The current hype surrounding Keystone seems to have moved away from energy security to the creation of jobs. Certainly the construction phase will result in jobs: trenching, laying the pipe, installing pumping stations. After construction tar sands bitumen will flow to the Gulf Refineries, and for some time there will be continuing jobs in the oil kingdoms of Alberta and Texas.
But there is another side and it concerns the smallest State in the United States: Rhode Island. For centuries there has been a fishing industry in this small State. Not that large but large enough to support a way of life in coastal communities. Now the industry is suffering – suffering because climate change has brought warmer temperatures to the Atlantic Ocean. (Flashback: the warmer temperature aided and abetted the destructive force of Hurricane Sandy.)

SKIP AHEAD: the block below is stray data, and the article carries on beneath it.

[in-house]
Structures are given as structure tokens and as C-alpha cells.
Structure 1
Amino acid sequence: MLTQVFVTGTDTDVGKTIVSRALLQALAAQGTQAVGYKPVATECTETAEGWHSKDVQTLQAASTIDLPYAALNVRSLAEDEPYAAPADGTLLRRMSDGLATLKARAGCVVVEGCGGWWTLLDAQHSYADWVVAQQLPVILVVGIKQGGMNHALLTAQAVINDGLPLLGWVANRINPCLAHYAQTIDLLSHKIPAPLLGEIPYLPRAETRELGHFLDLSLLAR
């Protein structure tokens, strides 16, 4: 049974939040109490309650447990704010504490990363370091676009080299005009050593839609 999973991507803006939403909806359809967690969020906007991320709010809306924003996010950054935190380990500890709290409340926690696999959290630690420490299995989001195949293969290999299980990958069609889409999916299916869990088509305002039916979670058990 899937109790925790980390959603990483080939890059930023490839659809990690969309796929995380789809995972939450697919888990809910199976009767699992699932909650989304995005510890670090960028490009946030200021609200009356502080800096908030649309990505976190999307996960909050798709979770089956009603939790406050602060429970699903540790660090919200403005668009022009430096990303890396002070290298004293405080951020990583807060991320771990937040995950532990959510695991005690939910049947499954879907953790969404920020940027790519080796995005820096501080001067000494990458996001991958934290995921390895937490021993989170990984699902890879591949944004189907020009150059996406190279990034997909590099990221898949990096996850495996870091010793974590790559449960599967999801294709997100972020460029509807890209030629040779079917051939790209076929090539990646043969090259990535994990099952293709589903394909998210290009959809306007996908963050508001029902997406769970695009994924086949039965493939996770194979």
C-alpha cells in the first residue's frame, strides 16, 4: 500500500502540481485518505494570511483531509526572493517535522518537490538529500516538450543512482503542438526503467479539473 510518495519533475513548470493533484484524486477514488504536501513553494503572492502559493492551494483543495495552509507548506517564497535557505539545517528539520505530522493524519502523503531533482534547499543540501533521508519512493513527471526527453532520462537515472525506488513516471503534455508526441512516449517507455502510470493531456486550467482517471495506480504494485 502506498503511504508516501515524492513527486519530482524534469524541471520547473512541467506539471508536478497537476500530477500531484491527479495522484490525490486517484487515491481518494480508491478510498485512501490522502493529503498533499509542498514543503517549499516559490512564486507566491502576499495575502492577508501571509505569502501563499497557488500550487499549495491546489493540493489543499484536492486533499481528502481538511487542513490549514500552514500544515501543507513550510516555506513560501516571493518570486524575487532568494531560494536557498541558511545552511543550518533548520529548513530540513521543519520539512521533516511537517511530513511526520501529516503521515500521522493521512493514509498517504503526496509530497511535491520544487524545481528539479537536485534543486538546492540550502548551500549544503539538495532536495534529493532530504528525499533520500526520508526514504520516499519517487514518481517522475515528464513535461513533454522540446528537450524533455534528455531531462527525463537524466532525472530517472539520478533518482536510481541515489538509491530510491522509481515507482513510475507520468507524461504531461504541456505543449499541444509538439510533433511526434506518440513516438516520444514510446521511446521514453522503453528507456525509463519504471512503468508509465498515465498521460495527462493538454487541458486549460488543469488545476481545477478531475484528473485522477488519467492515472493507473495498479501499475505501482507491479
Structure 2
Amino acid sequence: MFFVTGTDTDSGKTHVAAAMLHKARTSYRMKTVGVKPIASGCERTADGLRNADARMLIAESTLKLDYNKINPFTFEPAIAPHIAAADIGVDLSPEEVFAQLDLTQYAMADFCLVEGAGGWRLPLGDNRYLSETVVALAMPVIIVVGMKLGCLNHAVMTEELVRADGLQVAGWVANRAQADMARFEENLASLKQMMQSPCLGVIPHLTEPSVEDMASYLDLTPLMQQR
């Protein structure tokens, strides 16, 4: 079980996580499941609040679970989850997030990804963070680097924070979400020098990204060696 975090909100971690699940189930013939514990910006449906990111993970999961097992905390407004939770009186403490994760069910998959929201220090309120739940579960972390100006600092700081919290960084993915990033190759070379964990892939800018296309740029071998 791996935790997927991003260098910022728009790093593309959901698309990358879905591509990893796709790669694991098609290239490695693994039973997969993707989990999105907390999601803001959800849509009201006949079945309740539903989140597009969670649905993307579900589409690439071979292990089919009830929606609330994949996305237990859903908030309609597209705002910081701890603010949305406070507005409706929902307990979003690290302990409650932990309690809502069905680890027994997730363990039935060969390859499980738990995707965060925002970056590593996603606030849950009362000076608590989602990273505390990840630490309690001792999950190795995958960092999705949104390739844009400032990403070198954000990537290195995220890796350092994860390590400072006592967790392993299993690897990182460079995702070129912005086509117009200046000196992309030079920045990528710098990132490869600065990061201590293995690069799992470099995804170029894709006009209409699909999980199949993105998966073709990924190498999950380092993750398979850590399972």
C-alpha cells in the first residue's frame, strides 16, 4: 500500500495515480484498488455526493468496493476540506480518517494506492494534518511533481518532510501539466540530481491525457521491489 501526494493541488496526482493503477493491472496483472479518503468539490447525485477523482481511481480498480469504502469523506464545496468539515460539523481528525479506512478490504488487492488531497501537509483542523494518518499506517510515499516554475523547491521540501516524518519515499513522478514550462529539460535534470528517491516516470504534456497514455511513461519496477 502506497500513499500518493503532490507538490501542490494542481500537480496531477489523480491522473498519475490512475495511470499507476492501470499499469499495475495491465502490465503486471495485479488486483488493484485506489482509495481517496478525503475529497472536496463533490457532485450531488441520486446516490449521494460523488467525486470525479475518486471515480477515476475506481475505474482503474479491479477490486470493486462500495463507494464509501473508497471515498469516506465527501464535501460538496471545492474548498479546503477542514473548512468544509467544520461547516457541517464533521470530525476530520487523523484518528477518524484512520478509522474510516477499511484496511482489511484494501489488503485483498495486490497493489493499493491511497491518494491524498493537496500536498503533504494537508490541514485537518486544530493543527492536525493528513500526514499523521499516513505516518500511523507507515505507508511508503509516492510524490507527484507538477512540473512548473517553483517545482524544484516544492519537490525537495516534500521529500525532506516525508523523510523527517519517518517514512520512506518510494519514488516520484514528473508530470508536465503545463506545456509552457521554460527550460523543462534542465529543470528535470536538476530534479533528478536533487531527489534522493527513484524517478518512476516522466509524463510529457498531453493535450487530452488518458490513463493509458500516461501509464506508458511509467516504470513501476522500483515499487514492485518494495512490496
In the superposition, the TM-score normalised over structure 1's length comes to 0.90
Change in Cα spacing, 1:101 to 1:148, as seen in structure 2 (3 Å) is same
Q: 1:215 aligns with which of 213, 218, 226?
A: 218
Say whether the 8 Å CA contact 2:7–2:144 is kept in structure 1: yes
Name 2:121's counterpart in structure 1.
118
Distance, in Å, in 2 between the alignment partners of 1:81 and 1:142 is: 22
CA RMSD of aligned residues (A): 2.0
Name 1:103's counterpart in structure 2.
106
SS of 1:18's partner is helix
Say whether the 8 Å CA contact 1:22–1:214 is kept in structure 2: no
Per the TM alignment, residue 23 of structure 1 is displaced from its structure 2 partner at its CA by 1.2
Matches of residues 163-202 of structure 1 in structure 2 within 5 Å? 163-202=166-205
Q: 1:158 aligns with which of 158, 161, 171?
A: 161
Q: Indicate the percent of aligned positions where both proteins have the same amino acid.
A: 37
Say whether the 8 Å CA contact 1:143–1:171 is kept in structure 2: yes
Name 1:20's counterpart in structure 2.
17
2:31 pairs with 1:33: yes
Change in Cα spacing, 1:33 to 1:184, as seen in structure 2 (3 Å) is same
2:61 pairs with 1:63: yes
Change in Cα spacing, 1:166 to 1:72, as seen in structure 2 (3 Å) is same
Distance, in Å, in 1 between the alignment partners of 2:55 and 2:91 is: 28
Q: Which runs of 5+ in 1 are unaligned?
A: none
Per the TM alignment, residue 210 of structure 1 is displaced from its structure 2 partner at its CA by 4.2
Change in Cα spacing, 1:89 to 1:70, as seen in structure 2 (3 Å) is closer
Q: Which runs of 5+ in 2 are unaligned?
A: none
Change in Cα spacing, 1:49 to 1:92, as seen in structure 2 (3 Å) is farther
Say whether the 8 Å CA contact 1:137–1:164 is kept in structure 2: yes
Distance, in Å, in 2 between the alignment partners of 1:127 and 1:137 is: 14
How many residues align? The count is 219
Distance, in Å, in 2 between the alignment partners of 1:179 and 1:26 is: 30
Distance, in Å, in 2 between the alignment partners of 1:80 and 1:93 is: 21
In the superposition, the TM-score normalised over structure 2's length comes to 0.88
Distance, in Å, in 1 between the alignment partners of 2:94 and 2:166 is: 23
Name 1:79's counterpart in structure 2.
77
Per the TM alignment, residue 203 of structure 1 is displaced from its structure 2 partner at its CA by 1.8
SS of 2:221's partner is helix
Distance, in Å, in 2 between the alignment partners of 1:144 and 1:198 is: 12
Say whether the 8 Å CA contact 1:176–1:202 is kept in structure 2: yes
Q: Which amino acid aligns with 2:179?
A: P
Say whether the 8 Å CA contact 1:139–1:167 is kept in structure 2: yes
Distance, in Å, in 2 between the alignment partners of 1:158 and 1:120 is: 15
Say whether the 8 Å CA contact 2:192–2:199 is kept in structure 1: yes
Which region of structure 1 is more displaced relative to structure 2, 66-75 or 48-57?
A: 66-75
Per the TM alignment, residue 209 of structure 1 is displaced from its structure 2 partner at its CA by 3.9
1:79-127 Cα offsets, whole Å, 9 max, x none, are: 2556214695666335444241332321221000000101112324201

The Senator for Rhode Island, Sheldon Whitehouse, gave this local issue national publicity when he took exception to the drumbeat of jobs, jobs, jobs.
“”What I cannot accept is that coal and oil jobs are the only jobs that are at stake when we discuss acting on climate change,” Whitehouse said in January during an Environment and Public Works Committee hearing.”Not when fishermen in Rhode Island are no longer catching winter flounder because Narragansett Bay is 3 or 4 degrees warmer.”
Supporters of Keystone will ignore the small number of jobs lost in Rhode Island and the impact of this loss on communities that have been there “for ever”. But they cannot dismiss the clear message that our oceans are in distress. Distress that was evident in a recent news item how the BC scallop fishery is threatened as catches decline. Ocean acidification through the absorption of CO2 is killing the scallops.
Think of the Nova Scotia scallop industry – will its turn come with the unchecked spewing of carbon dioxide into the air because we continue to burn fossil fuels?